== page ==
Can you believe it? In less than 2 weeks, 2017 will be here, and with the New Year comes the biggest change to physician reimbursement our generation has seen. The newly minted Quality Payment Program, with all of its complexity, will have an impact on your future Medicare Physician Fee Schedule (PFS), and the fun begins in just 12 days. Over the past few months the Acumen blog has unpacked a number of details related to the MACRA legislation. Today, let’s have some fun with numbers.
Before we dive into the numbers, here’s a brief recap. Unless you are new to Medicare, bill Medicare less than $30,000 per year, or see fewer than 100 Medicare beneficiaries each year, in 2017 you will find yourself in one of the buckets in the Venn diagram below:
Stated another way, in 2017 you will be either:
- An Advanced Alternative Payment Model (AAPM) participant—think ESCO or Next Gen ACO, among others
- A MIPS Alternative Payment Model (APM) participant—like a track 1 Medicare Shared Savings Program ACO
- A MIPS eligible clinician—by far the largest category in 2017 (i.e., every clinician who is not in the red or blue circles above)
When Health and Human Services (HHS) responds to new legislation with large programs like this one, they are compelled to run the numbers to evaluate the impact such a program has on people like you. Buried in the back of the remarkably long MACRA final rule are the numbers used to evaluate this program’s impact. I found some of these numbers of interest, and I hope you do as well.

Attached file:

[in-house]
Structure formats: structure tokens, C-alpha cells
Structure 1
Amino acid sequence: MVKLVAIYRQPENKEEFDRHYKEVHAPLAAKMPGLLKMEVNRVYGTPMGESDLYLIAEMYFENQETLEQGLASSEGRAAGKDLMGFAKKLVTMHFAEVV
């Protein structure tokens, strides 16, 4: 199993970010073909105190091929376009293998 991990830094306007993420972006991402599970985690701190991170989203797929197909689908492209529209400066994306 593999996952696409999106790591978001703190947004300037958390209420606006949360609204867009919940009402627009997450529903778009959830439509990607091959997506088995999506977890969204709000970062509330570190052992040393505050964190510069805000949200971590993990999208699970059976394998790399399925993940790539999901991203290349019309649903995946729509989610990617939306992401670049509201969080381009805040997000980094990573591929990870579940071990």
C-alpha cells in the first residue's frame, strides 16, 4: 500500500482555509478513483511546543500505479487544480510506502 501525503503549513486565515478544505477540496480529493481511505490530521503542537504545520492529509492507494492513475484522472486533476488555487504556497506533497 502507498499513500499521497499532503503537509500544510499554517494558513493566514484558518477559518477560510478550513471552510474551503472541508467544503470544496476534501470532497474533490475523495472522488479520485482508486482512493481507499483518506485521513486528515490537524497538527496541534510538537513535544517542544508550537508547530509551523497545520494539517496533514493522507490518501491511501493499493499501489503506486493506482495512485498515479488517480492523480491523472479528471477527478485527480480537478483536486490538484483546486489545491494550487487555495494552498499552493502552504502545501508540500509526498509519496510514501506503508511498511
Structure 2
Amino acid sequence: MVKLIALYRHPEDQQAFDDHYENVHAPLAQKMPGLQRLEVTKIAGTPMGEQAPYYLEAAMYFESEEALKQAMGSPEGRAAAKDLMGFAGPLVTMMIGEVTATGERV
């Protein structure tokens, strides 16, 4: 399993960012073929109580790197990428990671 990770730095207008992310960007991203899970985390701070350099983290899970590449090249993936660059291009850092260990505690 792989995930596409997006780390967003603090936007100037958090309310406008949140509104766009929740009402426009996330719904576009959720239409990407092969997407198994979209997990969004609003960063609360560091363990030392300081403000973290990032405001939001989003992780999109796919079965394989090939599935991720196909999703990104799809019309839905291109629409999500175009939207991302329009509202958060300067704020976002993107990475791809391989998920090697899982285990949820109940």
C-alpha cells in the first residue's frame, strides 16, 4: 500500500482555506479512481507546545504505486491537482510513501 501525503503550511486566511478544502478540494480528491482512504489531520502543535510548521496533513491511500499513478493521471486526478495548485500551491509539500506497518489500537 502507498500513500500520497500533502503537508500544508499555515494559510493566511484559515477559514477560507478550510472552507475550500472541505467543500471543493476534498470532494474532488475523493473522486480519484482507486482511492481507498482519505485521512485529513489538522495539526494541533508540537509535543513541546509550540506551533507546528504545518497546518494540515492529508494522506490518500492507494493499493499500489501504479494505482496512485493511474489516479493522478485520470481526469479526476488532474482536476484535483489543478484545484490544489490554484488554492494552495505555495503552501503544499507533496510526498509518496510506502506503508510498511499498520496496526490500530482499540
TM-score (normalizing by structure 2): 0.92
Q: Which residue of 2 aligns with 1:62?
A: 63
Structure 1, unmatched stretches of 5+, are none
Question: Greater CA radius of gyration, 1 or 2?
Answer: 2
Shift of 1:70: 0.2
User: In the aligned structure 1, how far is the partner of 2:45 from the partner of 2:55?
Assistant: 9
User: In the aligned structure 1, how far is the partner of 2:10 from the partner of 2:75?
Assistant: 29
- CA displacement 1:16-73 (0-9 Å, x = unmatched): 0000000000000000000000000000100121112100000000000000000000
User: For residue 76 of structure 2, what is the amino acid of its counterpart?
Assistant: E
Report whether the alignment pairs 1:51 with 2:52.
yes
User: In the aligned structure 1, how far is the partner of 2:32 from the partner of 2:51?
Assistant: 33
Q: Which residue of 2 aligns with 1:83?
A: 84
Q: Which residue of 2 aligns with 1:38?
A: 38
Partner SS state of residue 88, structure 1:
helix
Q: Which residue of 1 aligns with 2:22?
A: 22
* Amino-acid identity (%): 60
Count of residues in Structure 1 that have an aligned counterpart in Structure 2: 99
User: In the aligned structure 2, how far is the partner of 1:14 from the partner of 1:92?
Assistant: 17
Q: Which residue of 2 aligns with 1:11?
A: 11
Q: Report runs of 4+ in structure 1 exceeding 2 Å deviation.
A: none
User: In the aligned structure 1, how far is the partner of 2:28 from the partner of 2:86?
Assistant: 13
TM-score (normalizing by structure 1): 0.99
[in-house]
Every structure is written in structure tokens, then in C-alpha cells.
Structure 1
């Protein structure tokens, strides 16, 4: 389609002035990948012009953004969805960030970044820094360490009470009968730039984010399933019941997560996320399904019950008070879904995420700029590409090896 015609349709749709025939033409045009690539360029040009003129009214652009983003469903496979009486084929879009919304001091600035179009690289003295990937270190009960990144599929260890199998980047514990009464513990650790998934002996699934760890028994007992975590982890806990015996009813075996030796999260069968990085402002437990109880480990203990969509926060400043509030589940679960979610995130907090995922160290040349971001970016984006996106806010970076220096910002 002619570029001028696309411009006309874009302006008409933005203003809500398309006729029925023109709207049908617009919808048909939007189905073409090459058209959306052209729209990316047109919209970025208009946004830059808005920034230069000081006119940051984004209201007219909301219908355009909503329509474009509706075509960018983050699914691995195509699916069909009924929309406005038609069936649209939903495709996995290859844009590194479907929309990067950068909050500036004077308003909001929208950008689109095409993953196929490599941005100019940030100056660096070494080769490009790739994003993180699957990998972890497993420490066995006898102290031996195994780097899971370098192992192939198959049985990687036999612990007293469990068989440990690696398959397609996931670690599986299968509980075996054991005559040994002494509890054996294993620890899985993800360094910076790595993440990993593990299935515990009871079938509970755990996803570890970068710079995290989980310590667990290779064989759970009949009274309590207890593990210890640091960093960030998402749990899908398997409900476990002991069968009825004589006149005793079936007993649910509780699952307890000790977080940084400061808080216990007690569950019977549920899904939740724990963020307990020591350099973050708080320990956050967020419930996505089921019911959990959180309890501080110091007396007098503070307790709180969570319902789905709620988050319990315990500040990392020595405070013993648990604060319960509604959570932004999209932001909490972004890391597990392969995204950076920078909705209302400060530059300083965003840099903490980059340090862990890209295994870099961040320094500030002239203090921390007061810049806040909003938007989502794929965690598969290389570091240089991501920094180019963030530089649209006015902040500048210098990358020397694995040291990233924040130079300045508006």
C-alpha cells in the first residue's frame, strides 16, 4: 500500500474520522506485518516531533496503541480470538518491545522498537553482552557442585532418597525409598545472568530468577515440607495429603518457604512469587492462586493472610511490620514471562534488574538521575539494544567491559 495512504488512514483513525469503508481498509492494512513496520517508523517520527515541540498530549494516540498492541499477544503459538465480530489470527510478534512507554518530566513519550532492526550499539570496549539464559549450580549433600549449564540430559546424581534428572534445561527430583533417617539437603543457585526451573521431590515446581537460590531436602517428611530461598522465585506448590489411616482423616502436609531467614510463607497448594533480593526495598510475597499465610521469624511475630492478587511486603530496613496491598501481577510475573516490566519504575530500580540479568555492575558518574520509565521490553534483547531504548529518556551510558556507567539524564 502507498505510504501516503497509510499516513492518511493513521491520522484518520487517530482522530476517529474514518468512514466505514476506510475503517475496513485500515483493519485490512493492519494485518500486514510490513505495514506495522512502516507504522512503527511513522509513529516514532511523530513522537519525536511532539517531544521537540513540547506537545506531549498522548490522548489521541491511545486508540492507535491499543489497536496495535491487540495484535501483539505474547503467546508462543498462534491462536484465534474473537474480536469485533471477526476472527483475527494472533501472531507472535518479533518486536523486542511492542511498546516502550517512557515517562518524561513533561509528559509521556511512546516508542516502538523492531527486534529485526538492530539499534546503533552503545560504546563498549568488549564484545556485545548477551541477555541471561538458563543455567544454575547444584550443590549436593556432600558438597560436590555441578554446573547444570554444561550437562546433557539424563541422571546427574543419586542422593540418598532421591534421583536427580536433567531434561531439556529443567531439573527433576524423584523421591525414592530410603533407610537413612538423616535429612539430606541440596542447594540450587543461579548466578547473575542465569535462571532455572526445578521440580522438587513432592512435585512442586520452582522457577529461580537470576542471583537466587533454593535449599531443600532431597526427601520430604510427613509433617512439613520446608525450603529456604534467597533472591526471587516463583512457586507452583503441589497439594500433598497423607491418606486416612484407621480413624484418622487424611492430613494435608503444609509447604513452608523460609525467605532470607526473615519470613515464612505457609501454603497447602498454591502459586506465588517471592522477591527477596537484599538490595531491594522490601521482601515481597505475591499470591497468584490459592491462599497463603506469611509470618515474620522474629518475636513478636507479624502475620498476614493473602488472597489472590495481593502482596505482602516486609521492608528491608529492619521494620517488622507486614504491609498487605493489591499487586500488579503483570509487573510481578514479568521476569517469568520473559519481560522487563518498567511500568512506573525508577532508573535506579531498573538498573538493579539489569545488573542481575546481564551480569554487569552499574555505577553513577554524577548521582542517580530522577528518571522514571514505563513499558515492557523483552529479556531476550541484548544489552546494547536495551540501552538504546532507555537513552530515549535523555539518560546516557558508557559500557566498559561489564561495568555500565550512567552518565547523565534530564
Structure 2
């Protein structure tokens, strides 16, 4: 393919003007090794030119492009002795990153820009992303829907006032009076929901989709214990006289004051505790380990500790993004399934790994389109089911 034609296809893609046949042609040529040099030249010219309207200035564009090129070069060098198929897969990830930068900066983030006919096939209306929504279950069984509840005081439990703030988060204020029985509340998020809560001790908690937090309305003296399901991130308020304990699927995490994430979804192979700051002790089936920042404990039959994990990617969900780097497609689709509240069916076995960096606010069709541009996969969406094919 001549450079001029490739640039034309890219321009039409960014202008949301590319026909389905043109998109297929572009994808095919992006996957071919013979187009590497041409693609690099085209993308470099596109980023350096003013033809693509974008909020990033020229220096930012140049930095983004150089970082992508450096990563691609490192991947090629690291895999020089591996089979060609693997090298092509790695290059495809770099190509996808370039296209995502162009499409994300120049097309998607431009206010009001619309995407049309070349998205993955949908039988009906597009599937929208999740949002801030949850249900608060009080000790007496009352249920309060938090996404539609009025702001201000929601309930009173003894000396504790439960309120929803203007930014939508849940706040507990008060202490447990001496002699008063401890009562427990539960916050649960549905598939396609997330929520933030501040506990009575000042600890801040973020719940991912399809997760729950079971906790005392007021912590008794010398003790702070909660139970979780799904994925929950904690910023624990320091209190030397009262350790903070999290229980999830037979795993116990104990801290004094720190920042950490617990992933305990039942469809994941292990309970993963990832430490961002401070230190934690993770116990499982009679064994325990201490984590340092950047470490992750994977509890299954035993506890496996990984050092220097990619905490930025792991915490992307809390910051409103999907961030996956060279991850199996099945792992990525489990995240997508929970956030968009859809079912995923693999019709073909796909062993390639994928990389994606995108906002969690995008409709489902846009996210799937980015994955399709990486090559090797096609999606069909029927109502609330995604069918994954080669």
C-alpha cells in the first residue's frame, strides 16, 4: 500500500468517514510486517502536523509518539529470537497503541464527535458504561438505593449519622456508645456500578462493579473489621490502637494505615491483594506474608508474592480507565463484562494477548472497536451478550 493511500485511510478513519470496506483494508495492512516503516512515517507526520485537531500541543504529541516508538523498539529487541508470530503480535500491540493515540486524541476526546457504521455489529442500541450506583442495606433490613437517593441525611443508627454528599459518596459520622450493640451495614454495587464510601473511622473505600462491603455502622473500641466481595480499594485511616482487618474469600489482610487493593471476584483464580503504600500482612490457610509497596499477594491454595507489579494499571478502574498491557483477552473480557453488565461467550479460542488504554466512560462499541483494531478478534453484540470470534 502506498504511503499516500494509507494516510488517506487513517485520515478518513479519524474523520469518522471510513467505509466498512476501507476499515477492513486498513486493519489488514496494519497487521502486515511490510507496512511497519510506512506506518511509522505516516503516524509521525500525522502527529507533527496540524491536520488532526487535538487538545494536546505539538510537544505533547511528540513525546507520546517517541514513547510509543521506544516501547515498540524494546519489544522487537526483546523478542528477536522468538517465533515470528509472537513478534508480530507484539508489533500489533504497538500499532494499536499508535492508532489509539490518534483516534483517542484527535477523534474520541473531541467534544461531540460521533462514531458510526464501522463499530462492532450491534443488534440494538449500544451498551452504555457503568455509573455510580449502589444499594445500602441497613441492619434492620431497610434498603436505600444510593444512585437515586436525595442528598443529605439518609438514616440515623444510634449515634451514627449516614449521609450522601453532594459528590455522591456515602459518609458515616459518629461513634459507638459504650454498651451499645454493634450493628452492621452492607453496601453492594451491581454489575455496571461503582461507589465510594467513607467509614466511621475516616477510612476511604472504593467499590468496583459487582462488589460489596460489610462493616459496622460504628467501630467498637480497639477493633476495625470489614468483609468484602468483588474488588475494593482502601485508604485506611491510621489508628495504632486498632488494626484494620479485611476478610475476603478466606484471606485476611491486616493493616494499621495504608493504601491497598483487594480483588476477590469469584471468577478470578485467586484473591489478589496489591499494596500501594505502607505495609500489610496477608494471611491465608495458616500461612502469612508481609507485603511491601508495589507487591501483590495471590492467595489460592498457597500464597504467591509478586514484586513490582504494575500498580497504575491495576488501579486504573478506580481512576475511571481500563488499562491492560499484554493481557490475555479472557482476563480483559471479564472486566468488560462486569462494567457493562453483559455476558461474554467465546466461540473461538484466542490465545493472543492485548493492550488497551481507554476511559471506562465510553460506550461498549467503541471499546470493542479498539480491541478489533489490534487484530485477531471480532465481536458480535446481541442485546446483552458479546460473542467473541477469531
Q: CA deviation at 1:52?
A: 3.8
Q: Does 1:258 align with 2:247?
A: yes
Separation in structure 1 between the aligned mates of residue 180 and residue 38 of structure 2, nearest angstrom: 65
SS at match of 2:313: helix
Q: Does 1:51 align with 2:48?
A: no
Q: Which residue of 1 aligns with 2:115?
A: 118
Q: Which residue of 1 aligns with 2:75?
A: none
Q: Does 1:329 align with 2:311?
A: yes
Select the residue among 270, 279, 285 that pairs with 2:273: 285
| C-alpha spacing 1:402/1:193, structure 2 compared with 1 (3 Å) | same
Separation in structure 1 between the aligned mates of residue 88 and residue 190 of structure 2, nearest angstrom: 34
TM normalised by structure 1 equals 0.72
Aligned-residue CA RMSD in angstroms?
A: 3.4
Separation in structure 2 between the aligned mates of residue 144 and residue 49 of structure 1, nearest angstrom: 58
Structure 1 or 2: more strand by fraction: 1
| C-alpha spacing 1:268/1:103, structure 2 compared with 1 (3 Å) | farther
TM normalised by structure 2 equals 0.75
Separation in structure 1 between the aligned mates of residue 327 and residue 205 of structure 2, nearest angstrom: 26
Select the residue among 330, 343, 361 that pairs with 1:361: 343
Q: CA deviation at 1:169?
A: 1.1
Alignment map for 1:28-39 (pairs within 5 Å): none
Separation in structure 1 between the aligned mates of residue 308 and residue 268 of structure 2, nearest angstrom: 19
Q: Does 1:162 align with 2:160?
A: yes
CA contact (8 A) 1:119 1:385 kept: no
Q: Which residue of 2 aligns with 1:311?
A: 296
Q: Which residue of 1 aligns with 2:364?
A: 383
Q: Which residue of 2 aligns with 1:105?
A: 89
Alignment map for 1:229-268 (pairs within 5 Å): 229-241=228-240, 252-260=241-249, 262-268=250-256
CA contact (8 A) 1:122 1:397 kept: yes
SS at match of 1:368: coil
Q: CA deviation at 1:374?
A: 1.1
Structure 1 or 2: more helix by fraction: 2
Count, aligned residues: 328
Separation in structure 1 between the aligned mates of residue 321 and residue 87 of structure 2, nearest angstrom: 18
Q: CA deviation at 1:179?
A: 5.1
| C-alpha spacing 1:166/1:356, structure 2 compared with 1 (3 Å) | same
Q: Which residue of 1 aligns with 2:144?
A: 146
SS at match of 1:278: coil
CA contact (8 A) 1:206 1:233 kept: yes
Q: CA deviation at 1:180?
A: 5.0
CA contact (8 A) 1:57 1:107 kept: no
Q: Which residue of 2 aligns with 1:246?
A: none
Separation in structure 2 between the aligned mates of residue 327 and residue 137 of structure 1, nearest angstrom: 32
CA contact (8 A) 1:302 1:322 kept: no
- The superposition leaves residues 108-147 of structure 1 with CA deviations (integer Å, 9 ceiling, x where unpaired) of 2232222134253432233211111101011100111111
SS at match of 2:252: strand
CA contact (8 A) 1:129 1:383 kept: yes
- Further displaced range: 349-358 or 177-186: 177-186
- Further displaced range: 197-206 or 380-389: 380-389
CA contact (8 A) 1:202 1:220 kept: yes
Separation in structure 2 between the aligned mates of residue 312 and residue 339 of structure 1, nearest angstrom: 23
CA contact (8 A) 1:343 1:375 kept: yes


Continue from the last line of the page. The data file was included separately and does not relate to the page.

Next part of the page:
The first number should come as no surprise. When HHS estimates the economic impact this program will have, they largely focus on practice revenue. “On average, clinicians’ Medicare billings are only about 23 percent of total revenue, so even those MIPS eligible clinicians adversely affected by MIPS would rarely face losses in excess of 3 percent of revenues,” the HHS standard for determining whether an economic effect is “significant.” Of course nephrologists would never be accused of being average! In fact, the typical nephrology practice relies on Medicare for a substantially larger share of total practice revenue, often upwards of 60-70%.
Of additional interest, per the final rule, CMS believes there will be 11,089 MIPS eligible clinicians (ECs) in 2017 who have designated their specialty as nephrology. Unclear to me how they can be so precise, and the number seems a bit high to me, but those are topics for another day. Of note, those 11,089 ECs represent less than 1% of the total number of ECs billing Medicare for professional services. Of this 11,000+ figure, CMS believes 364 nephrology ECs will be excluded from MIPS as they will be new to Medicare. Another 263 will miss the fun because they are QPs in an Advanced APM (the blue oval in the Venn diagram), and a surprising 1,704 will be excluded because they bill less than $30k or see fewer than 100 beneficiaries.